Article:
My mother consistently reaches out to love those around her.  She shows Christlike love for them and will serve them however she can.  My mother taught me to value my mind and has been formative in setting me on the path toward a Ph.D.  She taught me to accept and try to love people, even when they might not be what I expect, or someone I would normally love.  She taught me to love music, to love intelligence, to love others more than I love myself (possibly a lot).

Because of her example and her tireless forcings, I am now grateful for her example.  I now try to emulate that example.  She is probably not the mother she expected to be, and she likely regrets some things she did.  But she is the mother I need and should have no regrets about that.  I cannot imagine a more perfect mother.  I am grateful to my Heavenly Father for allowing me to be her son.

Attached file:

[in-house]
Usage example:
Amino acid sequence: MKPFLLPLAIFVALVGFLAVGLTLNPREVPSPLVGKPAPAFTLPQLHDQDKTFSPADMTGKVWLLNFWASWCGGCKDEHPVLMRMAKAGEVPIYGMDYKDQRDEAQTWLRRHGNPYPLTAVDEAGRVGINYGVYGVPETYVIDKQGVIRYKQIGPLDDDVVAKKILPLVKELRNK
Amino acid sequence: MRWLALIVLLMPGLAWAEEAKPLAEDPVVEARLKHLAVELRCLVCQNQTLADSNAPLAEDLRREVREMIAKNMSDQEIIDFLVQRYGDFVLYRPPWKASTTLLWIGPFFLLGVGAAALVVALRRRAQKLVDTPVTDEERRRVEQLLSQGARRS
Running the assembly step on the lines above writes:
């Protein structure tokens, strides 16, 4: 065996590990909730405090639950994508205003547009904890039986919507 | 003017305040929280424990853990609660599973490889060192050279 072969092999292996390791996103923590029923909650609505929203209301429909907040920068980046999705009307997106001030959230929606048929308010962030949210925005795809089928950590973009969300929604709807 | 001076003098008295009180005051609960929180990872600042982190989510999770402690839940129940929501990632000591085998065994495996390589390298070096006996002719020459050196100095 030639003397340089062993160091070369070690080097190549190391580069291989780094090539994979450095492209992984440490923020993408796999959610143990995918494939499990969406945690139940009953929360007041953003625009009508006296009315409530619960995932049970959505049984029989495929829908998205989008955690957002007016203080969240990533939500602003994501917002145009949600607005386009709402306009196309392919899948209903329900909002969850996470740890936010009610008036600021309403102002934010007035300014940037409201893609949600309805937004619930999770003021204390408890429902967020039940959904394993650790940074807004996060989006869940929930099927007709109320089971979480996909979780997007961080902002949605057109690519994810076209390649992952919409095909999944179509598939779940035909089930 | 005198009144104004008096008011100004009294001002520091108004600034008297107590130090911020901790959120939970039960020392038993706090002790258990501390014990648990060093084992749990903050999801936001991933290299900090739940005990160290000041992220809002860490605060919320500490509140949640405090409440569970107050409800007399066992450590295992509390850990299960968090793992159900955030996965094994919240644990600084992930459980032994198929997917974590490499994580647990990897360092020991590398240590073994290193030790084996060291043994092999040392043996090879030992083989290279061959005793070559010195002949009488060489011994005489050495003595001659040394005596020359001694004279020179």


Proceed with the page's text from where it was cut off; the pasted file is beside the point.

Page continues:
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Challenge of the day: pray for 10 minutes and only thank God for what you have.

All Because Two People Fell in Love

‘All because two people fell in love.’

This phrase interestingly sums up my existence.  It sits on a plaque in front of my grandparent’s fireplace.  As I sat in their living room, I thought about how inclusive the word all is.  It covers everything.
What’s interesting is that plaques like this one are usually the kind you see in newlyweds’ homes, not 80 year olds who have been married for 55+ years.
But it is more appropriate for elderly couples to have such a phrase:  their all is a lot further reaching than newlyweds’.  They have more to claim.  They have years of experiences shared together.  They have rough times and easy times, fun dinners, dates, children, and more.  Their children have children which just includes more in all.
I think of my grandparents family:  five children, more than thirty grandchildren, several great-grandchildren, and more coming.
All because two people fell in love.